“I hear with my eyes.”

I had a stomach ache-faker on Wednesday and Kansas City received a foot of snow on Thursday so I have had boys home for five days.  Based on the contents of my pantry and refrigerator you might think we had a swarm of locust as well, except locust would surely wipe their feet when coming in from sledding.

The up-side of my work, which the boys refer to as “Find the Difference” as they catch me studying images on the computer so often, is that I can read a magazine or a design book and, waving them off, pronounce, “I’m working,” and it works.

Curled up with Veranda on Day Two I had a thought as clear and sharp as the icicles hanging from the eaves.  I love to read magazines. This is why:

“All houses have a soul.  They speak to you.  They say, Do this, do that.  It’s a sensibility I feel when I walk into a new space.  I hear with my eyes.  The day I moved into the lodge I had an enveloping, welcoming feeling.  It’s the sort of house that as you put something in, it says thank you.  Nothing seems to annoy it.  It’s a combination of taste and memory and a capsule of everything I’ve ever done: my parents’ house, things I’ve picked up on holiday.  It all flows together in my mind and becomes a blur.”

Designer Nicky Haslam has captured the very essence of it here for me.  So, I thank him and encourage you to not just look at the pictures, but read the articles.

Image, above, swiped from Mr. Halsam’s site.  His home in the March/April issue of Veranda is delightful, but I am much too lazy to scan.

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11 thoughts on ““I hear with my eyes.”

  1. You may hear with your eyes, but I loved that last post how you smell with certain scents and share lovely pictures. Just to let you know when I read your posts, I see them. So I see your words in pictures.
    pve

  2. Thank you for this interesting and thought-provoking post, and one that I identify with. I am sitting at a table writing this comment in a room in a house in the Hudson River Valley that was built in 1817 and that I and my spouse have had the good fortune to live in for fourteen years. We weren't looking for a fine Federal era house when we went shopping for a weekend get-away from New York, but found one we did, or shall I say it found us? There never really was much of a question how we would furnish the house or decorate it. Appropriately and respectful of its period, but not slavishly so. We call it "period-ish." There are certain things that look good in a Federal house, such as leggy Louis XVI painted furniture (think Jefferson in Paris), and there are certain pieces that don't, such as the earthy, close-to-the-ground iconic Eames chair. Needless to say we've opted to listen to our house on such matters, and believe me it had much to tell us! Fortunately all (both us and the house) appear to be satisfied with how it has come out (so far at least, as such things are never "done," are they?). Thanks, Reggie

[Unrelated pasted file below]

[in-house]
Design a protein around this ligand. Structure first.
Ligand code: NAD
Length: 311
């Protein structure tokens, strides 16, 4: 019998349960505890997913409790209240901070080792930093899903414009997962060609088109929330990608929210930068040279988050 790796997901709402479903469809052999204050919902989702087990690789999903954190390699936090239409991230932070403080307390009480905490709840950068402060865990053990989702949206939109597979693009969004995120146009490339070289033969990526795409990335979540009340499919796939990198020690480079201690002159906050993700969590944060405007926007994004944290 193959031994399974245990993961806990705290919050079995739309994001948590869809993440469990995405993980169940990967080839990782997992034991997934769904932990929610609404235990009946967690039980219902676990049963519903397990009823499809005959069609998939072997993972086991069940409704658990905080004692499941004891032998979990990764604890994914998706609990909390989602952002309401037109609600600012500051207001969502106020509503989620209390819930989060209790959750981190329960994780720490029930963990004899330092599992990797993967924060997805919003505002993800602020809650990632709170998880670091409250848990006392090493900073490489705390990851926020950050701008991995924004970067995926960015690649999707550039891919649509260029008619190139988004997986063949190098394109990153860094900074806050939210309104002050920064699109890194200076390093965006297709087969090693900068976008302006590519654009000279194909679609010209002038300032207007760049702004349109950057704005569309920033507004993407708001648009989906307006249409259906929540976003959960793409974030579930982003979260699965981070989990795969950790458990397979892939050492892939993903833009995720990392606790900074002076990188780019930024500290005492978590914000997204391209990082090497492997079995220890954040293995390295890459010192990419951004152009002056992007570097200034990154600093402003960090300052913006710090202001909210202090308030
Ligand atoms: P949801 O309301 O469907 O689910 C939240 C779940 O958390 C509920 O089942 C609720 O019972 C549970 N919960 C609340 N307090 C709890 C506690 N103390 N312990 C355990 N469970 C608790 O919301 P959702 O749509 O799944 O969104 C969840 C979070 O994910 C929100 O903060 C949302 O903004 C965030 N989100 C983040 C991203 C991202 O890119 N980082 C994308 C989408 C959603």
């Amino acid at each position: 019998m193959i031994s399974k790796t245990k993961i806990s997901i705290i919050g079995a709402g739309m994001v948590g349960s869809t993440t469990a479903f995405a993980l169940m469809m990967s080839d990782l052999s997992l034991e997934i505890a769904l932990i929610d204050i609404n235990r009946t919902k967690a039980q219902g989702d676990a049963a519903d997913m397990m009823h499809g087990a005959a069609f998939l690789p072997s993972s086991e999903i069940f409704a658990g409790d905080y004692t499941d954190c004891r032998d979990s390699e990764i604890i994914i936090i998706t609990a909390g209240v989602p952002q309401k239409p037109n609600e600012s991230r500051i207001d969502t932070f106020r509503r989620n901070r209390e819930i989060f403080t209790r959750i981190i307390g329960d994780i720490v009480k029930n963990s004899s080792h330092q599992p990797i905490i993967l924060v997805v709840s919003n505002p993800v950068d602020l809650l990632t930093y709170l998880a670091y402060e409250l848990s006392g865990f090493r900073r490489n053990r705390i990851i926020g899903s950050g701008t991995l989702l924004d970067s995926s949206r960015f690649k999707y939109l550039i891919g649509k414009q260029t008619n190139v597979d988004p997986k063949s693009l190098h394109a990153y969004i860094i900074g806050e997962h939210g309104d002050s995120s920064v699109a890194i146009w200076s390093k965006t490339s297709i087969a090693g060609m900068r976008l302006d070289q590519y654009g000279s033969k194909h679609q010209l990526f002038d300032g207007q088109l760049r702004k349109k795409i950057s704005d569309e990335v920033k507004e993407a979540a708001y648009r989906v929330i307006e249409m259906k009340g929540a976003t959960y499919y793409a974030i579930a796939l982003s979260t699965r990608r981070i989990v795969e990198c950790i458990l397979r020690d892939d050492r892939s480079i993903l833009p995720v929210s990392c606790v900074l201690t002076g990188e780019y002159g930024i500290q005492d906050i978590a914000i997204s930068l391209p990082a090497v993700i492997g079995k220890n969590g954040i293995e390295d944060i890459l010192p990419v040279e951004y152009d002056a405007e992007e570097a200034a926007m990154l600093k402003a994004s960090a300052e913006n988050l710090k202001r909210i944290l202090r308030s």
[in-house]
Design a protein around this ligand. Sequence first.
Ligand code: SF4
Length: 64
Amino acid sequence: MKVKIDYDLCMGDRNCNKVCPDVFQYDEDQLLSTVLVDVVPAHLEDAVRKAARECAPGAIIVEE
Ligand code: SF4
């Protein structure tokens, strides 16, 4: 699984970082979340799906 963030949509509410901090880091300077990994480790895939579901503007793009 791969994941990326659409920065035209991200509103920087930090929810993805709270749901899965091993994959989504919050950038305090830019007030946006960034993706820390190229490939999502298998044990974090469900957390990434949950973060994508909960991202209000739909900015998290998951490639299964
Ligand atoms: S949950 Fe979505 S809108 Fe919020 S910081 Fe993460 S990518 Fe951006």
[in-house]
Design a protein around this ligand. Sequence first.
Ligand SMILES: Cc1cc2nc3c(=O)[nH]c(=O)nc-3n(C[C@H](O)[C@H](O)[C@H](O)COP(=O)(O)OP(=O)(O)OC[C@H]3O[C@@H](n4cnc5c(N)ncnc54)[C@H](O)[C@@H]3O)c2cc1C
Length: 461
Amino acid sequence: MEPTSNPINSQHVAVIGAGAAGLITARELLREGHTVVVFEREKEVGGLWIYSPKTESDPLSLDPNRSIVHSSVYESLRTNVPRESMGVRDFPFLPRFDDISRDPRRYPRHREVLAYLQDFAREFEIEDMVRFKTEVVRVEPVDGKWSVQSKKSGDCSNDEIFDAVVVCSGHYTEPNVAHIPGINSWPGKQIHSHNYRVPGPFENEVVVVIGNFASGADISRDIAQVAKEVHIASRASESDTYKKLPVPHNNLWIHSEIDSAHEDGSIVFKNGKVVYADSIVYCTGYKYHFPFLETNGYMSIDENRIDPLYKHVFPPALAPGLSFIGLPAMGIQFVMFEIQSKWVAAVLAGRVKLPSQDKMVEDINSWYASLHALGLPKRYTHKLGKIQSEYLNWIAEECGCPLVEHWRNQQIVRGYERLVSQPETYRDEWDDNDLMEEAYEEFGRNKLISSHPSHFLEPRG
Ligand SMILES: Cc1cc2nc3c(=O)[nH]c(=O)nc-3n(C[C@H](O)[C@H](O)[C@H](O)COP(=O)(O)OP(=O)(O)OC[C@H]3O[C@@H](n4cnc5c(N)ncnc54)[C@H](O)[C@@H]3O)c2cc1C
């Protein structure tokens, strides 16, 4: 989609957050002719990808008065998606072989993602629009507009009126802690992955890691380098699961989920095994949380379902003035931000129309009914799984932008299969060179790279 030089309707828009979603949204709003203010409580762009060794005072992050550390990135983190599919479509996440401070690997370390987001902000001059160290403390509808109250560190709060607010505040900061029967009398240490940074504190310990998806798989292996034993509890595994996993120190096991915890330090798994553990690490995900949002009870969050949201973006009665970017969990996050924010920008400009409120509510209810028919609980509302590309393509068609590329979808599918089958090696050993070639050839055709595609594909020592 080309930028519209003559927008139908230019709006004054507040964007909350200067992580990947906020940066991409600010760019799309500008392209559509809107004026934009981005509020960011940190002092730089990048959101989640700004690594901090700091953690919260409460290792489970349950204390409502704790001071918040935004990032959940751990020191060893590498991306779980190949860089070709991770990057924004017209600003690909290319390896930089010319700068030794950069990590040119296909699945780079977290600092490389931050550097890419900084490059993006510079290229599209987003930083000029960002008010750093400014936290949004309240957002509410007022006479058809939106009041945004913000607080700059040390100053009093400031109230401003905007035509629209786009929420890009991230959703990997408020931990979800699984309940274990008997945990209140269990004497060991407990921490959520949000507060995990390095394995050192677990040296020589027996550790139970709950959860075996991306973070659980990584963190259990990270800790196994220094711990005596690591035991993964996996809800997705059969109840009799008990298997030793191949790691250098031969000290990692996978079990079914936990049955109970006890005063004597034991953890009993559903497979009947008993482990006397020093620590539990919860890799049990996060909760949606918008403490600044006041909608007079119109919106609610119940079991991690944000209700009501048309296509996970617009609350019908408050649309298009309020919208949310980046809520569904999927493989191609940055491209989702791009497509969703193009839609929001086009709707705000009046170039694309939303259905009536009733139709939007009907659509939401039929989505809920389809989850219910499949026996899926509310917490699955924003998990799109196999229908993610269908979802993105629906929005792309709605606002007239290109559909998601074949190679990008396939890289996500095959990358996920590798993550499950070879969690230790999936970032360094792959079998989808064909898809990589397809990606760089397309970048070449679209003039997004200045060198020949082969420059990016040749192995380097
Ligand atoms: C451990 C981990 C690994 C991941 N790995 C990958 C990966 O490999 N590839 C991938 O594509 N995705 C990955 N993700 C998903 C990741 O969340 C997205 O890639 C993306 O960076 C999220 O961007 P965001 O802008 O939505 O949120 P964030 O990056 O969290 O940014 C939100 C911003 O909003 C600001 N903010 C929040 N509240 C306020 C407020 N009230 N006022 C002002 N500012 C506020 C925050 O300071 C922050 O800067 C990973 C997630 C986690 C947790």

3. NH's home is so embracing and he has definitely brought out the soul in this space. The entire current issue of "Veranda" is great!!
    Mary

  4. I so agree with Mr. Haslam's quote! We have two houses: one is haughty and handsome, forever whispering, "That's not how things are done here," like the housekeeper in Rebecca; the other first greeted us like a small mutt at the pound, begging, "Rescue me!" Each has directed my hand at every step, down to the exact shade of white paint on certain walls. Yes, houses tell you what they need, and when you provide it, they are grateful.

    C.

  5. Ah, so very true. I love how a space's personality is felt through the pages/websites. It's a visual journey, yes, but an emotional one as well. Don't we LOVE our jobs?!

  6. This is one of the highly attractive, informatics, well-written and highly crisp blog that has been explained in fabulous manner to help out reader and visitors. All information found here is genuine and realistic

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